Using Google Analytics to track conversions
Again, Google Analytics is a great tool to help you measure the success of your websites/videos, this time in relation to your conversion rate. See the following video which explains how you can set up a conversion in Google Analytics.
Other ways to measure performance
Measuring the performance of your videos on YouTube with Insight
YouTube has a built in facility called Insight which is effectively an extension of Google Analytics, which means that you can measure the success of your videos that are hosted on your YouTube channel. Insight can tell you:
- how many times your videos have been watched
- the popularity of your videos over time
- the gender balance of your viewers
- the age of your viewers
- the geographical location of your visitors
- how visitors are discovering and watching your videos
- the ability of your video to retain your viewers’ attention
Using Google Optimiser to test the performance of different aspects of your website
Google Optimiser is a tool that enables you to test different versions of different aspects of your website, and it will tell you what is working best to achieve the results you want. For example, you can try two different layouts of your website and Google Optimiser will send some of your visitors to version 1, and some of your visitors to version 2. It will then tell you which version resulted in the most conversions. Try putting a video on a page in version 1 and not in version 2 and see how the video helps you to achieve your goals. Take a tour with this video to see how you can utilise this service.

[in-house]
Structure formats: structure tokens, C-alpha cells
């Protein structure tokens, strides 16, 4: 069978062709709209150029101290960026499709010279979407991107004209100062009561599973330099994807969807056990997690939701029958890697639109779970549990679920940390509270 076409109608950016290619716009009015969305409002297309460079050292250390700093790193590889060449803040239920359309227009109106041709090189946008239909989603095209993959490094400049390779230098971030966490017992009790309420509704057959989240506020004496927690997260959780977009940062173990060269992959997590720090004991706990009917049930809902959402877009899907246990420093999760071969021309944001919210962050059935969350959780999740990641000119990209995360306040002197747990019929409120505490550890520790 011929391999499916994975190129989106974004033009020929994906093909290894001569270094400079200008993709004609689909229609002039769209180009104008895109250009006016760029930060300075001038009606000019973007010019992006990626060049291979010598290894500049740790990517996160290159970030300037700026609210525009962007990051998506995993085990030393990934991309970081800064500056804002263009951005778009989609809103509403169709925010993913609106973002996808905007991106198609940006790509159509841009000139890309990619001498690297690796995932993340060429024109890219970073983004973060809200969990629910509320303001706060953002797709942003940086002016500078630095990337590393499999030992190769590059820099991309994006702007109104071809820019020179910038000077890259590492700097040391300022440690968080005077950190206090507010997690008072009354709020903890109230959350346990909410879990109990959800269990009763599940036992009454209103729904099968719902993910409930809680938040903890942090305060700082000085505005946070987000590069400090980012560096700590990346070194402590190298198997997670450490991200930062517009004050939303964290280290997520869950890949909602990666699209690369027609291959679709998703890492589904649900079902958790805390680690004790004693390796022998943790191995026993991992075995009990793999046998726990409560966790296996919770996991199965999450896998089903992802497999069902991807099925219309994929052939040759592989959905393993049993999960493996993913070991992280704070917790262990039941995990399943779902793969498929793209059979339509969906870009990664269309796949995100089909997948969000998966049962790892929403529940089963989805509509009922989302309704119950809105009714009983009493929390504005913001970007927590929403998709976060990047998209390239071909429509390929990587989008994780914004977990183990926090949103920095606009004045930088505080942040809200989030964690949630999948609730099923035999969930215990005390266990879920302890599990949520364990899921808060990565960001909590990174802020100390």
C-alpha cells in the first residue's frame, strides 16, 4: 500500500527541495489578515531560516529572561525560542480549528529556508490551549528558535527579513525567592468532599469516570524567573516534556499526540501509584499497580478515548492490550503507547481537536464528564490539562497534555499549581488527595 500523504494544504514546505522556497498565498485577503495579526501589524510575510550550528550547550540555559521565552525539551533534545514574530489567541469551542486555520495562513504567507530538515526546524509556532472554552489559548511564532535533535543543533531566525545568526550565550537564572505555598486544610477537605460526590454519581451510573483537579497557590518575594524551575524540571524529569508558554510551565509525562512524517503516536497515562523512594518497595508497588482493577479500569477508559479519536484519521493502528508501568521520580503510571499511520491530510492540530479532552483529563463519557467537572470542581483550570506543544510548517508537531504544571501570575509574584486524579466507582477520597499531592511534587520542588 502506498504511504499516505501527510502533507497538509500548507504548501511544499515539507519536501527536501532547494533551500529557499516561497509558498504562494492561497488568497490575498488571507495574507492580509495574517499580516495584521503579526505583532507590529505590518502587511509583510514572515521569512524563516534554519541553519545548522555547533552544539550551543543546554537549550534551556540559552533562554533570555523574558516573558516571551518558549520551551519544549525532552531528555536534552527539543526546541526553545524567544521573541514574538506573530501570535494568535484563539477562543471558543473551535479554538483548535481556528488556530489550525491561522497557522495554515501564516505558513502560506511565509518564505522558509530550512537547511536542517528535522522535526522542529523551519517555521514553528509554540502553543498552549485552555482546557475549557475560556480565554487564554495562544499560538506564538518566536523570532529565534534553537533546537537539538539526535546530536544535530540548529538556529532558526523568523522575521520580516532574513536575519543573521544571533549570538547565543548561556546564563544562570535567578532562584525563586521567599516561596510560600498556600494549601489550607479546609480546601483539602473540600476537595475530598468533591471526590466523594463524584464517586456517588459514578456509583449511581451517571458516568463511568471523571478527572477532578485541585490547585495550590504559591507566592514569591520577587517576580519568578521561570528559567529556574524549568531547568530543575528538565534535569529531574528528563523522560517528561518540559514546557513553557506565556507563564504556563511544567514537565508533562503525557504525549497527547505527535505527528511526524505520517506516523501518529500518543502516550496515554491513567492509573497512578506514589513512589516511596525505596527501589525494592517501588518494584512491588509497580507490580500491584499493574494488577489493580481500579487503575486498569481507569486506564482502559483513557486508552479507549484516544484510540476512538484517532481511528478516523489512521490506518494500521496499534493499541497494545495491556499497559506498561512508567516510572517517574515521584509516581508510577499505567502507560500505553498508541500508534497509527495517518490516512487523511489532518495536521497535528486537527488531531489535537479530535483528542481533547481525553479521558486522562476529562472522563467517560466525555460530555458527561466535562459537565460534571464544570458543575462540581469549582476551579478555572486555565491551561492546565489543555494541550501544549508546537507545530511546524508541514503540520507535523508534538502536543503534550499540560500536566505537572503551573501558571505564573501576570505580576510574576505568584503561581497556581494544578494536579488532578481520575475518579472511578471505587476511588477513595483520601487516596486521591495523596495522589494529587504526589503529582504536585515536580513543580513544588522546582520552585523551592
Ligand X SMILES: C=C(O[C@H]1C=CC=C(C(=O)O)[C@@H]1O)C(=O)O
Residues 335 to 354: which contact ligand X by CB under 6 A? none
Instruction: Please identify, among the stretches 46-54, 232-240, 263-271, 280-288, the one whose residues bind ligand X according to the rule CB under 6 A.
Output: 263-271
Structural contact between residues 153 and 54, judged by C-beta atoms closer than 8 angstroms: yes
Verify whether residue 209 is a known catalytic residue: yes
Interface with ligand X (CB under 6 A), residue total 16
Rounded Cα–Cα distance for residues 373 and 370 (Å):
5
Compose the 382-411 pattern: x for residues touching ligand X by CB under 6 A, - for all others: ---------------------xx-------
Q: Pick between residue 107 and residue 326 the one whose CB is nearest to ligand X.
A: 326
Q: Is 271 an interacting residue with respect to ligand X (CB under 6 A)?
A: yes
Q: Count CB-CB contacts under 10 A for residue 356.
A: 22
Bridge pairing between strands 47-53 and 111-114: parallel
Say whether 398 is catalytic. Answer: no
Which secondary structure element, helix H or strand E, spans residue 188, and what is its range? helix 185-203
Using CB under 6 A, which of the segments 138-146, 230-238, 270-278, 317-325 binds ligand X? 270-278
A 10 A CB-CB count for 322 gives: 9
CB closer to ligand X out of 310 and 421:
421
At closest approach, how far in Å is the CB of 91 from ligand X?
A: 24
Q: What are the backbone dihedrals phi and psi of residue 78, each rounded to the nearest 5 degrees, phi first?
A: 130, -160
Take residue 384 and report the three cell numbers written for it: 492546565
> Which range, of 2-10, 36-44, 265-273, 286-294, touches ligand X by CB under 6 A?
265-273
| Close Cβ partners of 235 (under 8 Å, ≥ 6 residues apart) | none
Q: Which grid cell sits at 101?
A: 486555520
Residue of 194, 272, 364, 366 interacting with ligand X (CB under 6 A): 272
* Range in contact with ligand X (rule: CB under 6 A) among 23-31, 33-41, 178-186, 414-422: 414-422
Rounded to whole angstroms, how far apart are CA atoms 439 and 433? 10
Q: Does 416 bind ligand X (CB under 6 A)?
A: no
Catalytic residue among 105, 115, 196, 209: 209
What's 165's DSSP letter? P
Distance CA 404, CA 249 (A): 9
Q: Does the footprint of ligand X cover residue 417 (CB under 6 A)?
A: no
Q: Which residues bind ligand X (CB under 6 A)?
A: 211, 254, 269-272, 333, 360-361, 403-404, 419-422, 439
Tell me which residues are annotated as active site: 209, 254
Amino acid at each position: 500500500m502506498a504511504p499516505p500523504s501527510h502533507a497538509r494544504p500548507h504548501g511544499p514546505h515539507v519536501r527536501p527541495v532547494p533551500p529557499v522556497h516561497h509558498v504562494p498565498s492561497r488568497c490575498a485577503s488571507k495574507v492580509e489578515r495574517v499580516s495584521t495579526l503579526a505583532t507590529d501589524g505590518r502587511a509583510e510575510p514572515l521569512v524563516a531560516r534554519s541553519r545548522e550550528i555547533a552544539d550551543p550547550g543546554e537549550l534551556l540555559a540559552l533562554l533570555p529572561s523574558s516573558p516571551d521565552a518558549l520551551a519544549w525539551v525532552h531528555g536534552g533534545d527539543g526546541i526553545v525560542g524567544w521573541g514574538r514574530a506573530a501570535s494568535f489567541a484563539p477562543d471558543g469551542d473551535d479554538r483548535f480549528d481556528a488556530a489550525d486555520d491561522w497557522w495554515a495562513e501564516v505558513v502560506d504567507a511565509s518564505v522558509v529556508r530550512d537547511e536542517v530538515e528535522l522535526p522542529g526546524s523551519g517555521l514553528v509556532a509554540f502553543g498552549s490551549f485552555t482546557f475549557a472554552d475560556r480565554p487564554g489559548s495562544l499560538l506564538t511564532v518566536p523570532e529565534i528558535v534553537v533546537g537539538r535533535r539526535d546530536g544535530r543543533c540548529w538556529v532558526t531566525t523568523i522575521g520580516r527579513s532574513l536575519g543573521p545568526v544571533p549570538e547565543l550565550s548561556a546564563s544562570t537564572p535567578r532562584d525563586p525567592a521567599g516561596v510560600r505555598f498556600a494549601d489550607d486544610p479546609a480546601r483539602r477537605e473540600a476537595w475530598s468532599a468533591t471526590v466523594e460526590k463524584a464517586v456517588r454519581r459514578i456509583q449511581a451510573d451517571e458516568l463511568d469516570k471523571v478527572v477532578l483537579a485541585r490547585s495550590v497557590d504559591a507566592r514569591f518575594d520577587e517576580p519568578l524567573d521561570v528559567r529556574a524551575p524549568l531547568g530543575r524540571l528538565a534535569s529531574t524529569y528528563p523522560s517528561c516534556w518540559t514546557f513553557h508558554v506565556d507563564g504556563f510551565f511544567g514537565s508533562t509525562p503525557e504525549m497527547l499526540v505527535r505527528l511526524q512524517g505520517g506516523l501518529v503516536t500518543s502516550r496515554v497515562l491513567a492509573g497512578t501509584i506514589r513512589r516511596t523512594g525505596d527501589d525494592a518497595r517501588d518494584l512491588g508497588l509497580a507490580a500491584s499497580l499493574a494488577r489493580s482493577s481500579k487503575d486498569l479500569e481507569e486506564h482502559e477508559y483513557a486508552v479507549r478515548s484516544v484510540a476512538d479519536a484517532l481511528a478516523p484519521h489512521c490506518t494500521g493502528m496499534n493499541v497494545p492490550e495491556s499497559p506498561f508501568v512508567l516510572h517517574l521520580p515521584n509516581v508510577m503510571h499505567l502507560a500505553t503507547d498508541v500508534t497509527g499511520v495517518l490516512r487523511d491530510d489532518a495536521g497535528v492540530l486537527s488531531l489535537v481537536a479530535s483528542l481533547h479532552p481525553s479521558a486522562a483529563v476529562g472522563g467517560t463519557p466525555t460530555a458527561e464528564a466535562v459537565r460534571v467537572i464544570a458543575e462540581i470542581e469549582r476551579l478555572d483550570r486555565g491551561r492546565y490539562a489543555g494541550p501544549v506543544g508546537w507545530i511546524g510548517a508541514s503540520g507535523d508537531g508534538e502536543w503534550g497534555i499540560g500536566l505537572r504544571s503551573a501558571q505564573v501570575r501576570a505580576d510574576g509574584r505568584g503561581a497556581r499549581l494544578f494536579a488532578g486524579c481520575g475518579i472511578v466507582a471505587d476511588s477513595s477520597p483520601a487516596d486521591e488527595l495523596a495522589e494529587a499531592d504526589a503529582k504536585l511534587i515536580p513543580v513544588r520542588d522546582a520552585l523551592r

Crazy Egg heat mapping
Crazy Egg is an eye tracking tool for websites that allows you to see exactly how users interact with your website using heatmap image technology. If you put a video on your web page and there is a lot of activity around the video then it shows that users are focusing on that area of your web page. Or if your video is too far down the page and users are not getting to it before they click away to another page you will also be able to see this. Crazy Egg costs just $9 per month so well worth the outlay.
Search Engine Optimisation
Search Engine Optimisation is about maximising your websites potential to be found in search engines when users search particular terms. If you manage to achieve high search engine rankings on competitive and high volume keywords which are relevant to your business, you will increase the drive of traffic towards your site. Rankings on search engines are not simply an indicator of the performance of your website, they are an indication of how successful your SEO – both onsite and offsite link building is.
There are a range of ‘video SEO optimisation factors’ which are useful to be aware of if you want to maximise your presence on search engines. When deciding what to call one of your videos, think about what search terms a customer might type into a search engine when they are looking for the service that you provide. Write down the results and try to include the keywords from this process in the title of your video. Search engines use predictive text when you type into the search bar. You can use this to research what the more popular search terms are. Again, use the results of this research to influence the titles you give to your video content. For a more detailed breakdown of SEO optimisation factors for video, see our post on basic video SEO.
You should now be well-equipped to measure and analyse the success of your online video marketing. Good luck!
Finally a bit of trivia on the name of this post. Name the film?